The Dichotomy of Social Advertising and Brand Affinity
Why are we as consumers happy to be associated with some things (and dare, I say, crave the attention), but not others, despite having connected with brands and content? Why is what Google doing, any different to what Facebook or say, Spotify has been doing for years? We've now become accustomed (and quite comfortable it would seem) to seeing our names appear alongside Facebook ads for pages and apps and products. Implied advocacy has proven to improve not only click through rates, but even purchases. And after the initial furore died down, we're all pretty happy, almost enthusiastic about them. In fact, according to Nielson's research, you might say that not only do consumers not mind certain ads, they actively engage with them by liking or sharing ads (26% and 15%, respectively), and even citing social ads as the prompt to make a purchase (14%). Similarly, many of us were quite happy with Google, when personalised results were introduced with thumbnails of our network connections alongside them (as below).
In fact, when Google introduced Author Rank only a few months ago, the great and good of the SEO world were telling us (with good reason) that we needed to buy in to Author Rank so our faces would appear alongside search results related to content we have produced. Yet Google's most recent announcement has many of the same people up in arms about their association with products and services that they have +1'd.
So if consumers seem happy to be associated with social brands, where's the problem?
Affinity - or lack, thereof, and in the case of most brands, the automatic expectation thereof (of affinity). Too many brands are confusing friendship with affinity. If I got £1 for every time I heard that brands have to be "open, honest and friendly" with consumers on social media, I wouldn't be doing what I'm doing now. The reality is though, in real life, it is perfectly normal to be open, honest and friendly to people without necessarily considering them to be friends, or even wish to be associated with them. So why would I (or brands) behave any differently on social media?
This Adobe report suggests that a Page or post like, RT or favourite is little more than an "honest, friendly" virtual hat-tip or a nod to an acquaintance, so why do brands so often expect so much more from such a small gesture? Brands like Nike (Just Do It) and Adidas (Impossible is Nothing) have thrived in social by playing on the deep roots their brands have in human emotion and motivations. Likes and social actions in these emotional contexts become powerful expressions of belonging or self-actualisation. Human need states.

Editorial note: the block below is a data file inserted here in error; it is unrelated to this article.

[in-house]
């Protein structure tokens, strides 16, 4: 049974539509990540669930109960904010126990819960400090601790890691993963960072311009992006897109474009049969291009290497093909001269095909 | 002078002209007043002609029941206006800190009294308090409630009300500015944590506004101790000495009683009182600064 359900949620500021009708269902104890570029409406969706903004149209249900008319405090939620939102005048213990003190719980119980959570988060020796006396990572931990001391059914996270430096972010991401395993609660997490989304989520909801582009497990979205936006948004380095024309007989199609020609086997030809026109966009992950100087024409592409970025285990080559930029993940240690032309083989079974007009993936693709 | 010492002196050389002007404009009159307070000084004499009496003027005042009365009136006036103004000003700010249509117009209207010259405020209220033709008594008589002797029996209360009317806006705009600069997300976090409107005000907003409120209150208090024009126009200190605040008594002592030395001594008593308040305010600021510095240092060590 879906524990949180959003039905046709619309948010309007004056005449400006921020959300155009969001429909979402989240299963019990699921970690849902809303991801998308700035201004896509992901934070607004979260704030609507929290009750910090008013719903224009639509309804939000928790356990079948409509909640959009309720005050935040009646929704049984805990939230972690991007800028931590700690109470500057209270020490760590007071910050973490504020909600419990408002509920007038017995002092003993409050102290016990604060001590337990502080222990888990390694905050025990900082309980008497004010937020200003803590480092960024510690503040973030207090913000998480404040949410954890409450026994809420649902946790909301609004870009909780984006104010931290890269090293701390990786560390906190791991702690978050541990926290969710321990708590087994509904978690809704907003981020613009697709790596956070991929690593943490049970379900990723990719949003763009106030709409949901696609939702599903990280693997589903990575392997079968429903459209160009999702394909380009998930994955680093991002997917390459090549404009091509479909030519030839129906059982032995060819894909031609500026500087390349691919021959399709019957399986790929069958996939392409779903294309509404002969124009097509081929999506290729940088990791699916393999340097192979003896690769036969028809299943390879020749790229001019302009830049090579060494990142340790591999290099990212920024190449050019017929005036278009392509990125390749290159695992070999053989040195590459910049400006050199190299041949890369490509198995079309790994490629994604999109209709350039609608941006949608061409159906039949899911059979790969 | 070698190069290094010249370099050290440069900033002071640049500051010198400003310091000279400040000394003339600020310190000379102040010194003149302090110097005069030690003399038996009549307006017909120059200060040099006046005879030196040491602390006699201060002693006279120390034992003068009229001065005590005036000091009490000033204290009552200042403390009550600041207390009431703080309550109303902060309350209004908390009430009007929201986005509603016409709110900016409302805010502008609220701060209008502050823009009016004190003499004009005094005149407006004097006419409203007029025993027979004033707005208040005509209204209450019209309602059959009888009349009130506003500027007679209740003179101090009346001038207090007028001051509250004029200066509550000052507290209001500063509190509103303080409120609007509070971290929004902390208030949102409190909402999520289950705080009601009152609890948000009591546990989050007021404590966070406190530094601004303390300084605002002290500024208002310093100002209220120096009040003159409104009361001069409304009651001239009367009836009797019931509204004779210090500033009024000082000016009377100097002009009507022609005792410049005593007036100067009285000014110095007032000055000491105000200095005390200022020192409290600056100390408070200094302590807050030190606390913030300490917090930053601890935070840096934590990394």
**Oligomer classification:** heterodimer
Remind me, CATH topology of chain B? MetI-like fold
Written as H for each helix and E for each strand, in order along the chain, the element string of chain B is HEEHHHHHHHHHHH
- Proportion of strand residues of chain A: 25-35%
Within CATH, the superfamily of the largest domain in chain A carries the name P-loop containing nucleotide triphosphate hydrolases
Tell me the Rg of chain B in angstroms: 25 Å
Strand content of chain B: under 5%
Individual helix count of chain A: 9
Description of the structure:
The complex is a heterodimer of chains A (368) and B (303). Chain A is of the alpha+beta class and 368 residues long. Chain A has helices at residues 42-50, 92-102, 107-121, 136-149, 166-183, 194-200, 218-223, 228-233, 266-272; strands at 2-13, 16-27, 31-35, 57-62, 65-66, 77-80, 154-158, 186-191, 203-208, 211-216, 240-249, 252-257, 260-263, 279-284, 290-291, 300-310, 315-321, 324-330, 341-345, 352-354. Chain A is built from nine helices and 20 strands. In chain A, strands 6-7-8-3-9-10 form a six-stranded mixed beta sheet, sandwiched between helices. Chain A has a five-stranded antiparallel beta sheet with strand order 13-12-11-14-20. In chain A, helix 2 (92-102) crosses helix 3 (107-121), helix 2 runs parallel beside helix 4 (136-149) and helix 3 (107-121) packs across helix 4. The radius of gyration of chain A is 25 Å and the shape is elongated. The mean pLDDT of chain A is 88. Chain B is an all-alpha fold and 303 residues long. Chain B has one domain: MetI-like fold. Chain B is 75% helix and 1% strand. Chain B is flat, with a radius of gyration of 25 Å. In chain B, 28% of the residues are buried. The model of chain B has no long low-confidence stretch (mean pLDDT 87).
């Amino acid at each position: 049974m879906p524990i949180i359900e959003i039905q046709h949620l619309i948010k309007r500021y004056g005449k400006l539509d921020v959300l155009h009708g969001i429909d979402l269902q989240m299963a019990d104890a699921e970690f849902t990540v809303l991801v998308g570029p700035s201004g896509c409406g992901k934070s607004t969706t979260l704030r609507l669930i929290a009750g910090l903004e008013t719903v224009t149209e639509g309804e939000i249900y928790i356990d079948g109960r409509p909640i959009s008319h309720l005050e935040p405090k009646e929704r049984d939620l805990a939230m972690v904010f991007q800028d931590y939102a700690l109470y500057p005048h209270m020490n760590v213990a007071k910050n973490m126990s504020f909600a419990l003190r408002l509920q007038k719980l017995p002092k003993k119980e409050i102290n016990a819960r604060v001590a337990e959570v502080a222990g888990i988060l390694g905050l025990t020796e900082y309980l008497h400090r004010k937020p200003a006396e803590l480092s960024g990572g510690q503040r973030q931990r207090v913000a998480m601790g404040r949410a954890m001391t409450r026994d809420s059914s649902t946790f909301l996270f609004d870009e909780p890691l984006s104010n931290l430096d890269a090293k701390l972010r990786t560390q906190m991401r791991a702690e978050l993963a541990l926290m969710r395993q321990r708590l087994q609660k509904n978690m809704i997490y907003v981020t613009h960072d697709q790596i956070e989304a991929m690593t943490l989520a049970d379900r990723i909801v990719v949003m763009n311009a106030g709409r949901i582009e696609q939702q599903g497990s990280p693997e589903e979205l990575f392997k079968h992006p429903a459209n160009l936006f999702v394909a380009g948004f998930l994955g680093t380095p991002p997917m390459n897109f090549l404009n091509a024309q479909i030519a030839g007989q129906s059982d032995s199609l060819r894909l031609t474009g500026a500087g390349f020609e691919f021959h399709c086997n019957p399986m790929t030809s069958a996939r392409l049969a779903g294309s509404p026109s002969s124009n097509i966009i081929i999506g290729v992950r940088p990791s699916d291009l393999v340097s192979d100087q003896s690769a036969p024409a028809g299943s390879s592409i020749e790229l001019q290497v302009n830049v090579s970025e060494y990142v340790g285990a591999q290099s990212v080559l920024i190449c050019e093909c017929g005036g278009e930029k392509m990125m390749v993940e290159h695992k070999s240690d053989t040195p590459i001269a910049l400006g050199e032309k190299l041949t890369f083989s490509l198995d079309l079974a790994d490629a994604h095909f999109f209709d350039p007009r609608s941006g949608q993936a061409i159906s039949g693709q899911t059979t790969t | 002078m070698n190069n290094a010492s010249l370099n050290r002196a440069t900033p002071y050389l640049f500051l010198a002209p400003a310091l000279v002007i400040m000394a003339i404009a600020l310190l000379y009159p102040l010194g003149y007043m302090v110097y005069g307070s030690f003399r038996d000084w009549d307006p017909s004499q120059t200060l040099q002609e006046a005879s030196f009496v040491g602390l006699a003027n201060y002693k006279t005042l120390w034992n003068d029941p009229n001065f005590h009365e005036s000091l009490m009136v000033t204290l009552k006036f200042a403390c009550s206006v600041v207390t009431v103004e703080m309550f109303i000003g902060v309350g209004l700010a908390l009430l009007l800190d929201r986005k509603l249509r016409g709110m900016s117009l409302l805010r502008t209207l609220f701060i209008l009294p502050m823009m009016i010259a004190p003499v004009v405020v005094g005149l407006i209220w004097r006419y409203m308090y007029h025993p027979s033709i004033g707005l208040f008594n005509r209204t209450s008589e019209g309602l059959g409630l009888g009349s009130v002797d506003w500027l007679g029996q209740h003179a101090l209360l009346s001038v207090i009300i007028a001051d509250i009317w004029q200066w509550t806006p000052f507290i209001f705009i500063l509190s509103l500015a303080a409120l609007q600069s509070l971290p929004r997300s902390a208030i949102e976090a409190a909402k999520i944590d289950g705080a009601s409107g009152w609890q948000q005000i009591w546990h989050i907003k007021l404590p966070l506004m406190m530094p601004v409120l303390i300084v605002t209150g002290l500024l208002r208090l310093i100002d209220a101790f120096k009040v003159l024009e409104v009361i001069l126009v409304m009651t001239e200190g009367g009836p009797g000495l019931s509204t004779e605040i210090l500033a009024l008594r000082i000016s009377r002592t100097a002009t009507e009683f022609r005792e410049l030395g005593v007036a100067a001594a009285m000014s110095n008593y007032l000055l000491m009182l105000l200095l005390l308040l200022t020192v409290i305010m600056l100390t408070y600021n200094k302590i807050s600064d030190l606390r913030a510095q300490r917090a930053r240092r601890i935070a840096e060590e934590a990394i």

So what can you do to help nurture affinity?
I'm desperately trying to avoid being prescriptive here, but the biggest thing you can do is to start by stripping out any logos, imagery, tone of voice and fluff and try and understand people, human behaviour.
I can't help but think that the biggest breakthrough in the effective use of social media will come when practitioners drop the focus on tools and shiny objects and focus on what actually matters to people. Doing so will ensure that you're creating content that matters to the core emotional needs of your consumer, even if you don't have the deep emotional pull of a Nike or Adidas.
It sounds cliche'd but take a long look at Maslow's Hierachy of Needs (or David McLelland's more recent Need Theory). Understand what really motivates people: How do your current brand beliefs meet these needs states? Do they already pull on these strings? Our (Telefonica's) "Be More" message (yes, I'm biased!), is a great example of something that taps into (IMHO) both the self-actualiseation and esteem needs of the hierarchy. How does your content or messaging meet any of those needs? Would a fan or follower feel pride in sharing or interacting with a piece of your content? How can you tailor the messaging in your proof-points to meet these needs?
Human need states + Aligned brand beliefs = Social Affinity
Another area of focus for your content is to also understand what motivates people to share. After all, a like, favourite or RT is an external expression of oneself. The New York Times produced a great piece of research looking at the sharing motivationsof 2,500 'medium/heavy internet users' and they arrived at the following conclusions as to why people share. Can you align your proof points and content to meet these reasons for sharing?
- Bring valuable and entertaining content to others
- To define ourselves to others
- To grow and nourish our relationships to others
- To get the word out about causes (or brands)
It all looks pretty simply when you break it down to the above need states and sharing motivations but in reality, we all know just how challenging it can be. Often we're working in the dark with the influences of things like the news, lifestyles, our own brands, competitors, family and more changing the mood of consumers at any given time. But, I'm convinced that with more focus on what motivates your fans, brands will start to see a social affinity to them and their content begin to develop. And with this affinity comes a stronger desire to be associated with your content and your brands on social...and with that a greater willingness to be associated with things like Endorsed Ads. Wouldn't we have reach social utopia if our fans or followers were proud (perhaps even wanted) to be associated with our ads?
My role role is to plan and deliver the Telefonica Europe Global and European digital and social media vision and initiatives and make sure we continue to be seen as a beacon of both social media innovation and best practice.
I was previously Head of the award-winning O2 UK social media team, which recently won the inaugural Twitter flock award for outstanding use of the Twitter platform.
Other Posts by Paul Fabretti
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